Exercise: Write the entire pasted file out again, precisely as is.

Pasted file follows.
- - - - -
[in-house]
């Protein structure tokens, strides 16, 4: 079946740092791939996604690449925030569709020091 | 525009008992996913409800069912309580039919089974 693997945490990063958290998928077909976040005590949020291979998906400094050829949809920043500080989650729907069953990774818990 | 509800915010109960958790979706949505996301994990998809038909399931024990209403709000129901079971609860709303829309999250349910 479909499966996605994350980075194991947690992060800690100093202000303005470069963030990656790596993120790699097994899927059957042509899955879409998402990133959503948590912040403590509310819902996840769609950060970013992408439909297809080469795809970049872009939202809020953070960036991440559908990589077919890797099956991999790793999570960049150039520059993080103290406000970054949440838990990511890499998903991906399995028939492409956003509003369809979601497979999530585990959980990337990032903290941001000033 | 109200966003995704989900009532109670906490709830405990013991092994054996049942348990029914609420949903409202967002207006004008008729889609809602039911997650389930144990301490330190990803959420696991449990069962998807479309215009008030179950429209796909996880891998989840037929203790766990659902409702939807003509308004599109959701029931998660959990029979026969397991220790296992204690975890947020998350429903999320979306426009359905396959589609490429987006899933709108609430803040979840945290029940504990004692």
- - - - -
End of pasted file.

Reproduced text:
[in-house]
């Protein structure tokens, strides 16, 4: 079946740092791939996604690449925030569709020091 | 525009008992996913409800069912309580039919089974 693997945490990063958290998928077909976040005590949020291979998906400094050829949809920043500080989650729907069953990774818990 | 509800915010109960958790979706949505996301994990998809038909399931024990209403709000129901079971609860709303829309999250349910 479909499966996605994350980075194991947690992060800690100093202000303005470069963030990656790596993120790699097994899927059957042509899955879409998402990133959503948590912040403590509310819902996840769609950060970013992408439909297809080469795809970049872009939202809020953070960036991440559908990589077919890797099956991999790793999570960049150039520059993080103290406000970054949440838990990511890499998903991906399995028939492409956003509003369809979601497979999530585990959980990337990032903290941001000033 | 109200966003995704989900009532109670906490709830405990013991092994054996049942348990029914609420949903409202967002207006004008008729889609809602039911997650389930144990301490330190990803959420696991449990069962998807479309215009008030179950429209796909996880891998989840037929203790766990659902409702939807003509308004599109959701029931998660959990029979026969397991220790296992204690975890947020998350429903999320979306426009359905396959589609490429987006899933709108609430803040979840945290029940504990004692």